During the past thirty years, the study of medieval families has emerged as a focus of discussion in European history. Largely unexplored in professional publications and teaching curricula until the 1970s, family history is now accepted as an aspect of medieval history essential to the development of the period's institutions and culture, and a field useful to comparative family studies.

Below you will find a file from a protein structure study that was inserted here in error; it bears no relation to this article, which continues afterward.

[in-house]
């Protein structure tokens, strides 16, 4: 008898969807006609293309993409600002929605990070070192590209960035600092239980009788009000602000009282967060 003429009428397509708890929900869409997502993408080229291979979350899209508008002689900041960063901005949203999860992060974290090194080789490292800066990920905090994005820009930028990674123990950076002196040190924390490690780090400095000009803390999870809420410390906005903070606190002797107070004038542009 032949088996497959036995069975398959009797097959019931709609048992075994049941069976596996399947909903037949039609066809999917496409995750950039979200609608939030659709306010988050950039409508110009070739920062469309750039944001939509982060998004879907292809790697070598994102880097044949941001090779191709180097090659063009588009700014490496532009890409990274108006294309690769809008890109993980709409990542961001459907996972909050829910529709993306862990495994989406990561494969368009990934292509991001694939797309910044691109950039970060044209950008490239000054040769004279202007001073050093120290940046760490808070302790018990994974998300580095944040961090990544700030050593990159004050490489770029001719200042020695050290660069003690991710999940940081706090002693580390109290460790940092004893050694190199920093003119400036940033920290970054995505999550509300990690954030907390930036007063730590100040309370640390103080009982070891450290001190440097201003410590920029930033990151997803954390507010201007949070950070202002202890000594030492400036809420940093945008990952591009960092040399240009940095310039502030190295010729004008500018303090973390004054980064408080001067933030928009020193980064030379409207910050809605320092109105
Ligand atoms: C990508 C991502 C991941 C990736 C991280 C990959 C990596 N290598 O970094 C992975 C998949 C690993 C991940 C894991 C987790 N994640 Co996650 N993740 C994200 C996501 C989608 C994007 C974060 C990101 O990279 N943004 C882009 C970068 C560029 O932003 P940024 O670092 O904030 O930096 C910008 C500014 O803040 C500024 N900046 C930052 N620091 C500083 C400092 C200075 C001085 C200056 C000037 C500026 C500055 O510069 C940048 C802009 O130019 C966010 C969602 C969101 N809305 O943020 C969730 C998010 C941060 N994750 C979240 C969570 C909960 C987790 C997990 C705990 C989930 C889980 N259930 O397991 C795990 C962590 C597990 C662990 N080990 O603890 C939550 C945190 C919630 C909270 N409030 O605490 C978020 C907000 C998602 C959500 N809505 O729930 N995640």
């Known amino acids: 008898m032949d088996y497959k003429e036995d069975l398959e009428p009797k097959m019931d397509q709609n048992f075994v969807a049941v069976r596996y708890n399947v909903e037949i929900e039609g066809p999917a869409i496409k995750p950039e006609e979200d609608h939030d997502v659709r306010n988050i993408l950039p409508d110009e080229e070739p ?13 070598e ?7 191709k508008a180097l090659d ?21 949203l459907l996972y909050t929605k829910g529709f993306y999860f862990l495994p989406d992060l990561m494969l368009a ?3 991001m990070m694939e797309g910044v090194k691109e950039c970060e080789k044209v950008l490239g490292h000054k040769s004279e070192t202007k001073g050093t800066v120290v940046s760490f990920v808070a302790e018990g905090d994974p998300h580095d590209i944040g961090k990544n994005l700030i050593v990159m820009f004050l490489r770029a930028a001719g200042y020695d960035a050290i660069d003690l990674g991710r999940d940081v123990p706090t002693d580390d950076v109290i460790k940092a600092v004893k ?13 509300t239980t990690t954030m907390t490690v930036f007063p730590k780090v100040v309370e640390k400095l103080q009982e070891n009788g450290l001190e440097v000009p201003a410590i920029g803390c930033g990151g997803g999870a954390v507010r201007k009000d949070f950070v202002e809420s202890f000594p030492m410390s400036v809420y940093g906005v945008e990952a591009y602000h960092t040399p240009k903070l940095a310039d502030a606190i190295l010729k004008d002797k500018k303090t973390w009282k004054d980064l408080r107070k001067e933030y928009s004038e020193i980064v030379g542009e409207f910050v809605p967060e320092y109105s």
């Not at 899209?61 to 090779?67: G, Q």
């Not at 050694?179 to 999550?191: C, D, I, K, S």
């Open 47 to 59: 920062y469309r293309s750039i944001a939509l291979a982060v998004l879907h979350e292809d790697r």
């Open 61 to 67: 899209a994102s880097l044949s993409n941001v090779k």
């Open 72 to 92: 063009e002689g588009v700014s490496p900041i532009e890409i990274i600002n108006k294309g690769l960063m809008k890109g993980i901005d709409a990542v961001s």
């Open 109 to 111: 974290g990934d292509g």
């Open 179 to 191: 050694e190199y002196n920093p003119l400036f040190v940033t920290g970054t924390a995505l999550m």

The present volume brings together essays by historians, art historians, and literary scholars about the structures, social functions, and emotional characteristics of families in the middle ages, from demographic, legal, theological, art historical, and literary sources according to a broad array of theoretical approaches. Presenting these materials in the chronological order of its constituent articles' publication, the collection reveals how scholars of the 1970s through the 1990s argued the importance of previously unconsidered questions about the shape of medieval familial experience, and how their mutual information and criticism has refined and added to this investigation in the intervening period. The introduction and bibliography enable both beginning students and medievalists newly interested in family studies to set the articles gathered here in the context of the later twentieth-century transformation of medieval studies and, more broadly, historical scholarship. These supporting materials, like the eleven articles, affirm the profoundly interdisciplinary character of contemporary medieval studies.